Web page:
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Mar 15 2018

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Federal Budget 2018: Now The Hard Work Begins

March 15, 2018 | By

The 2018 federal budget contained many positives. Action on gender inequality and the gender wage gap, on research underfunding, and on many other items was long in coming.

But the devil is always in the details – and in Canada, the devil is often in the intergovernmental details. More careful scrutiny of the budget on these fronts reveals a number of areas where good intentions may not be enough to ensure success.

Three areas in particular that merit attention are national pharmacare, the skills lab, and Equalization.

Pharmacare

The budget announced a new Advisory Council on the Implementation of National Pharmacare. It is likely that the Council will need to balance expectations for a universal single-payer plan and direction to be fiscally responsible. Beyond that, it is yet unclear precisely what its mandate will be, and as such, what types of recommendations it might develop.

What is clear is that collaboration with provinces and territories – the governments that are currently responsible for administering Canada’s pharmacare programs – will be vital. And this means raising the bar on collaboration much higher than where it has been on health care more broadly.

Health care was originally meant to be a federal-provincial partnership. But over time provinces have been left holding the bag by a series of federal governments largely indifferent to the costs of funding the health care system. Let’s hope that on the pharmacare front we can do better.

Source: National Health Expenditure Database, Canadian Institute for Health Information

Skills Lab

The 2018 budget also confirmed that the Skills Lab, originally announced in the 2017 budget, will launch this spring. The Lab is meant to advise on emerging skills and workforce trends, and serve as a research hub focused on developing, testing and rigorously measuring new approaches to skills assessment and development.

It’s a worthwhile idea, but the catch is that most training programs are the purview of provincial and territorial governments. It is likely that a Skills Lab that is one-sidedly designed and managed by the federal government (even if placed at operational arm’s length from its sponsoring federal department) risks being ineffective.

So governance will be an important if potentially annoying detail to get right. The Mowat Centre proposed a model by which federal, provincial and territorial governments would co-create the Lab. There is still an opportunity to commit to this end and ensure the Skills Lab lives up to its promise.

Whatever governance model is chosen, the folks running the Lab will need to be innovative, not only with respect to skills program design, but also in intergovernmental relations. To achieve the Lab’s ambitious mandate, the organization’s practices will need the following characteristics:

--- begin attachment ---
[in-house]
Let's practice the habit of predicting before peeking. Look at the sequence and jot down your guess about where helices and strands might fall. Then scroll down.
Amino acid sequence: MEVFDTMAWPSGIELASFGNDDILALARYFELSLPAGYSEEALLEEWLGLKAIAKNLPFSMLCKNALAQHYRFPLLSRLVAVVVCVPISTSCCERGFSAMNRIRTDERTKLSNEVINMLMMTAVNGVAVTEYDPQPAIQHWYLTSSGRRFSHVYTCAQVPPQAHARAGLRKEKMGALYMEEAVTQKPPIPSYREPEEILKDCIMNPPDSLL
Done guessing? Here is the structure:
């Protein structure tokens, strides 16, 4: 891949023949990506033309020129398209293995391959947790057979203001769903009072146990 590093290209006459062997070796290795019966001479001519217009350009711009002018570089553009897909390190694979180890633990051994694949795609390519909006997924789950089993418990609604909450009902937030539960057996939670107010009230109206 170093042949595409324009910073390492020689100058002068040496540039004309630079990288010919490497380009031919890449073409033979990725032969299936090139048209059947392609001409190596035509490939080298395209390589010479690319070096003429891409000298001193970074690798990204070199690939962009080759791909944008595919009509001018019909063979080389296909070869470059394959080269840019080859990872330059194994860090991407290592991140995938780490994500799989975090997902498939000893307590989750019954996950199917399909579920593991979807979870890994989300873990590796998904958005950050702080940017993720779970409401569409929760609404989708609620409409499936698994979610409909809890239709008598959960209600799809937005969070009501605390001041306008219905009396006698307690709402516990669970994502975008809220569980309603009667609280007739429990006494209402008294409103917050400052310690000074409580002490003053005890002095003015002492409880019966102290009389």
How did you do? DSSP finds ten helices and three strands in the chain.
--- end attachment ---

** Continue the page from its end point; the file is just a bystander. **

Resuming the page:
• It must be meaningfully collaborative to ensure its advice is complete.
  • It must be deeply connected both to the sector and decision-makers to ensure its work and advice is relevant.
  • It will need buy-in from provinces to ensure its advice is seen as legitimate and is ultimately taken by those running the programs.

Sources: LMDA: Employment Insurance Monitoring and Assessment Report for the fiscal year beginning April 1, 2015 and ending March 31, 2016; LMA and LMAPD: Federal Public Accounts 2016-17, Volume III, Section 6—Transfer payments.

Equalization

Lastly, Equalization. Equalization scarcely receives a mention in the budget, but the tables at the back indicate that the program is expected to continue to grow in line with GDP for the foreseeable future (as first noted by University of Calgary’s Trevor Tombe).

There is no indication as to whether this simply represents prudent fiscal planning or a signal that the current ‘fixed envelope’ approach will persist. This approach – which sets a ceiling on total expenditures under the program – has been used to save the federal government money for almost a decade. But this year, this floor on payments became a ceiling. Consequently, the fixed envelope formula spat out $1.8 billion more than the program otherwise would have required, which has correctly drawn criticism for ‘over-equalization’.

Allowing this to happen once for the sake of predictability for provinces is justifiable. Provinces that rely on Equalization should expect that funding will be allocated according to the method described in legislation. But over-equalizing in perpetuity will not be sustainable either fiscally or politically.

Happily, the program is currently up for its scheduled five-year renewal. However, the federal government has not indicated (publicly) what a renewed program might look like. This represents a perfect opportunity to discuss important changes to the program that should include:

A meaningful discussion on a principled way forward for Equalization, with the provinces at the table, needs to take place before any changes are made to the program.

Source: Finance Canada. Note: Lagged and weighted population data are used to be consistent with the Equalization formula calculations.

The common theme across these three developments is that Canada’s governments will have to collaborate to ensure their success. This may be more difficult than usual in the coming months, with Alberta and British Columbia not on the best of terms and with Ontario and Quebec focused on upcoming elections. Providing strong impetus to keep Canada’s governments talking to each other could prove one of budget 2018’s biggest opportunities to move Canada forward.

 

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